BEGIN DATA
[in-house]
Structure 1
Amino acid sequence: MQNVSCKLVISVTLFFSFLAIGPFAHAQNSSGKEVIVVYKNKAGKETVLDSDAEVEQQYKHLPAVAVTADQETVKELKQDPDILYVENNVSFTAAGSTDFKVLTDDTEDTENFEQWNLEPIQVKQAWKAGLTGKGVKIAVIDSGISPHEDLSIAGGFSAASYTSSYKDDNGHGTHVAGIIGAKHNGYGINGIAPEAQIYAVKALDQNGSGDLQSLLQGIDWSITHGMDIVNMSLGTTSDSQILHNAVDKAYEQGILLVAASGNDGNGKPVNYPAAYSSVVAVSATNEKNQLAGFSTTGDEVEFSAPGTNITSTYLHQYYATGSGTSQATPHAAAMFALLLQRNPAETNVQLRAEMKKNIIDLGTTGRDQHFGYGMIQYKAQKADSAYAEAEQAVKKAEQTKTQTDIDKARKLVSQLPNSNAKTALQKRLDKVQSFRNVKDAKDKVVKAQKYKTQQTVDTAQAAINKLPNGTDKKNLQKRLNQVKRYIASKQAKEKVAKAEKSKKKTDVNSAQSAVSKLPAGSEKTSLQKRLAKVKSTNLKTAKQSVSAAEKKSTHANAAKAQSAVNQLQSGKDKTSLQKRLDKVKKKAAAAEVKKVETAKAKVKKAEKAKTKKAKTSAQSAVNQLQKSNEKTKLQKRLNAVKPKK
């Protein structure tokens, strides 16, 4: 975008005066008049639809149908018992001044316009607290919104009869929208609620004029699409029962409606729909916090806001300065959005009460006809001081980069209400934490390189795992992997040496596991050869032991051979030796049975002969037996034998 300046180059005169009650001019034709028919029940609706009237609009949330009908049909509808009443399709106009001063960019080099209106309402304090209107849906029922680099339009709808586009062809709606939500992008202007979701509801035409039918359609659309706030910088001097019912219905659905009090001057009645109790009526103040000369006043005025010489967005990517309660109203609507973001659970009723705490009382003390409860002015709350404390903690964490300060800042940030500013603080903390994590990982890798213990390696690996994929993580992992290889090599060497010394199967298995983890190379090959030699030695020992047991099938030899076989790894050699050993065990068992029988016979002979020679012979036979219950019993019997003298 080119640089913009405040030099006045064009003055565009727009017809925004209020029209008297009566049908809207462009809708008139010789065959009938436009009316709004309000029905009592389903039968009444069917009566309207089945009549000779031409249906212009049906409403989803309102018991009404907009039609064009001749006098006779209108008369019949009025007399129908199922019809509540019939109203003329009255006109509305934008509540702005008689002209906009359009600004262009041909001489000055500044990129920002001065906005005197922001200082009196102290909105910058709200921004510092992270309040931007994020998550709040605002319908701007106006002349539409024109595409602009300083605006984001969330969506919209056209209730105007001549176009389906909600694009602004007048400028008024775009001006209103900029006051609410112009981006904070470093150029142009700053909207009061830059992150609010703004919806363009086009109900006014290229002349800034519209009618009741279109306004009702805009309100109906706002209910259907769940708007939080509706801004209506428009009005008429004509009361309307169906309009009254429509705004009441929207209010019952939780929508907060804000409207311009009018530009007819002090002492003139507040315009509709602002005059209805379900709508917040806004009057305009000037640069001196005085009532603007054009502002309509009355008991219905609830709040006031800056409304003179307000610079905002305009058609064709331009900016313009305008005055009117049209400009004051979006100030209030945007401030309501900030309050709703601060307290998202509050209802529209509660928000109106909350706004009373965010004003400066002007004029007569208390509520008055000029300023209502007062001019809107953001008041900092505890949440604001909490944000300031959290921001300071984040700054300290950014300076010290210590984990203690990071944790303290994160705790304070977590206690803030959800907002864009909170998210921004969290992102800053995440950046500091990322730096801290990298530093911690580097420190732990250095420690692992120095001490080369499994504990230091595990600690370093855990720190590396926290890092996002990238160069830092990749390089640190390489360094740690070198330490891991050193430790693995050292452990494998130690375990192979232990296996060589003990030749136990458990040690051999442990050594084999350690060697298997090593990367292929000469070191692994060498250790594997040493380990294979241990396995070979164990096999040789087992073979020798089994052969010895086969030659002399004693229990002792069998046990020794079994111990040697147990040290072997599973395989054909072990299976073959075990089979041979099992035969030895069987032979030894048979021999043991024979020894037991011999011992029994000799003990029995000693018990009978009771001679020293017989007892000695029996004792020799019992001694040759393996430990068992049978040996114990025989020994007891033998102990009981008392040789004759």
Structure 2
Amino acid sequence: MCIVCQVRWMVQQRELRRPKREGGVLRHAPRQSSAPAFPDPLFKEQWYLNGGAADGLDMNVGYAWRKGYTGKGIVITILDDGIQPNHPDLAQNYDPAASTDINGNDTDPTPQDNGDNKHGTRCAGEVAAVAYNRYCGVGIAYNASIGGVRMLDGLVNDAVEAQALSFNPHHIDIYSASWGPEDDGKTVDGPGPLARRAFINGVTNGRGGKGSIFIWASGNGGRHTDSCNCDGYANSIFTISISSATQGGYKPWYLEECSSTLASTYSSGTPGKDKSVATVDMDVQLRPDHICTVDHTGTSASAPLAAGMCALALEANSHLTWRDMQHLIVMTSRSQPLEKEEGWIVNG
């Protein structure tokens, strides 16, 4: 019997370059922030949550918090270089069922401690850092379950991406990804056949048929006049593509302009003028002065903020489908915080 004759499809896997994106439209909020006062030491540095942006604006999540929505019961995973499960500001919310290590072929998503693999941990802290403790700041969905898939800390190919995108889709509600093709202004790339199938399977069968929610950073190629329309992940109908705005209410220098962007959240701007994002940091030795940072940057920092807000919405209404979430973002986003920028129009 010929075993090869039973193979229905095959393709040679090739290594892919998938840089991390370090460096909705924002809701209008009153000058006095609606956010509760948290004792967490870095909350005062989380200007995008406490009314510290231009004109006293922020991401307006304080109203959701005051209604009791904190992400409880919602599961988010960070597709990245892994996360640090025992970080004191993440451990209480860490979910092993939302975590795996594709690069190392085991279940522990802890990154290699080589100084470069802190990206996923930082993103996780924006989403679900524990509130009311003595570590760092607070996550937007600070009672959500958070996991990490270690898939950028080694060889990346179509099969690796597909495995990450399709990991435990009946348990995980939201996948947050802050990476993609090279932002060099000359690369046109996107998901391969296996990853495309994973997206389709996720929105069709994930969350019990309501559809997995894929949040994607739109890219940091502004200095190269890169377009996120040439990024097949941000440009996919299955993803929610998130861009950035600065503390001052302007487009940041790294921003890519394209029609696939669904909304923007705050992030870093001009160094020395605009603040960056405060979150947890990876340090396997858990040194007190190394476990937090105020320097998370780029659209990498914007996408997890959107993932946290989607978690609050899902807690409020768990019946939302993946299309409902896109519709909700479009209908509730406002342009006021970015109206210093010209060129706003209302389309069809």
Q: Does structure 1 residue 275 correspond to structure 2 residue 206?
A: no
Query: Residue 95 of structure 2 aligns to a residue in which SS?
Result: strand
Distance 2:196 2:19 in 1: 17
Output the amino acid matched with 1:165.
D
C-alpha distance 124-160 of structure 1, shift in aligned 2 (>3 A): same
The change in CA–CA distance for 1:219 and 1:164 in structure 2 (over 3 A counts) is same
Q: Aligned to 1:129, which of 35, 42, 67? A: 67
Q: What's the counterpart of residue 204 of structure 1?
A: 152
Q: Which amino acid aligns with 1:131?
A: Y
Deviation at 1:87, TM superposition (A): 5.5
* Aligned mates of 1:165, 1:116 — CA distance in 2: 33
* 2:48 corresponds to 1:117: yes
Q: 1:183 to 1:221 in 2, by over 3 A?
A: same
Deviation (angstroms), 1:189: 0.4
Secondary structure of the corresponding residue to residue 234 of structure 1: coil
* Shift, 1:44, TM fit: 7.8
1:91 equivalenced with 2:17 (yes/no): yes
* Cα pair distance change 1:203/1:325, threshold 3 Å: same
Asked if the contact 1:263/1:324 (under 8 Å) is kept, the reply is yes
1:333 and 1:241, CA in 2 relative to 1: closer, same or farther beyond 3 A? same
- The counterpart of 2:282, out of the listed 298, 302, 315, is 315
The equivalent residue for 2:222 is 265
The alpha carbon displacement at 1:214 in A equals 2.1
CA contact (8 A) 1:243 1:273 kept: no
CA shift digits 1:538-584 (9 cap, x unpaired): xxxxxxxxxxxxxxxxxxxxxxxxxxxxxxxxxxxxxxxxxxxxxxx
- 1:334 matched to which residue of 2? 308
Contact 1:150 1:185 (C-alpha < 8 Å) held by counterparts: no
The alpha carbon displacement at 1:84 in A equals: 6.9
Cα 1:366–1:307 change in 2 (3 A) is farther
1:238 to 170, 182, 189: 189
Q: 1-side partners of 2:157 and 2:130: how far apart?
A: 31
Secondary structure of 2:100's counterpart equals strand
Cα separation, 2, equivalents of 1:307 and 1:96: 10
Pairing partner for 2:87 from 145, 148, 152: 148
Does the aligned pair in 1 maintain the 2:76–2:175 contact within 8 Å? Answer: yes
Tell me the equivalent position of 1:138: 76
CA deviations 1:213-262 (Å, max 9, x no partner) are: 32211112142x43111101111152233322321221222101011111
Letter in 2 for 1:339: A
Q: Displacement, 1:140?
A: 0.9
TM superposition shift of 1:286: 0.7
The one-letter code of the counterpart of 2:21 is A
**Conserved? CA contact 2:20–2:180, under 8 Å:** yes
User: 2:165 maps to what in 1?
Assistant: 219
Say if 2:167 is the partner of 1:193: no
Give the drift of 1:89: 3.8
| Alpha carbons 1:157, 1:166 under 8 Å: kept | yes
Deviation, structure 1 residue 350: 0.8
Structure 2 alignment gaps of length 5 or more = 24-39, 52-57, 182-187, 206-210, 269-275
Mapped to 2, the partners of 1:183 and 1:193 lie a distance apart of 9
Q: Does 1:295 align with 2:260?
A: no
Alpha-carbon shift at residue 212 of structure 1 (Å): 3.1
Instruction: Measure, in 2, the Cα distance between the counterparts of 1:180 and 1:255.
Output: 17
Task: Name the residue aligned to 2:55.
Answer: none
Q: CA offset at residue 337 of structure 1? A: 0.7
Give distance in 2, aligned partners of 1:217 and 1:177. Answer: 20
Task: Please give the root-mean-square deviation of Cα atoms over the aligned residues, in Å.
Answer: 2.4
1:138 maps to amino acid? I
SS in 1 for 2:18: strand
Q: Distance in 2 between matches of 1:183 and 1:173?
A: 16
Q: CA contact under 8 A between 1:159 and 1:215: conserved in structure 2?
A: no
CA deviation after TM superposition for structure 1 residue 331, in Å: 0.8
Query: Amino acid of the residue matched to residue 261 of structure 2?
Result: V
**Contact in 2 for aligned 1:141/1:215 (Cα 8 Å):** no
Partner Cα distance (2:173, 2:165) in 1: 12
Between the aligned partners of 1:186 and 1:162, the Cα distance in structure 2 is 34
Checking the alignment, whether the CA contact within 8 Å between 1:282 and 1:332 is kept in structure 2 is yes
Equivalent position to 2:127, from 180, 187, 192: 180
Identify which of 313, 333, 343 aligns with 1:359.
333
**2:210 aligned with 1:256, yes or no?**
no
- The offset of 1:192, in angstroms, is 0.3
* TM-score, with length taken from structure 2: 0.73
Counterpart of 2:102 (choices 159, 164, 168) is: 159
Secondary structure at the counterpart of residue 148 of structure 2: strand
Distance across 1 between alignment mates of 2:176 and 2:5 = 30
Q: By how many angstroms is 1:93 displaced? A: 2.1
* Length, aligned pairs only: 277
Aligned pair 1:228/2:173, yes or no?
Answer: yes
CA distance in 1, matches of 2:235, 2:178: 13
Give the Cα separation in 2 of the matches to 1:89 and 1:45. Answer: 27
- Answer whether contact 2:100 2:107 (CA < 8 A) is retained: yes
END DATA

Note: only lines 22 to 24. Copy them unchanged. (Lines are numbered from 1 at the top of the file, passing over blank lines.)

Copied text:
Deviation at 1:87, TM superposition (A): 5.5
* Aligned mates of 1:165, 1:116 — CA distance in 2: 33
* 2:48 corresponds to 1:117: yes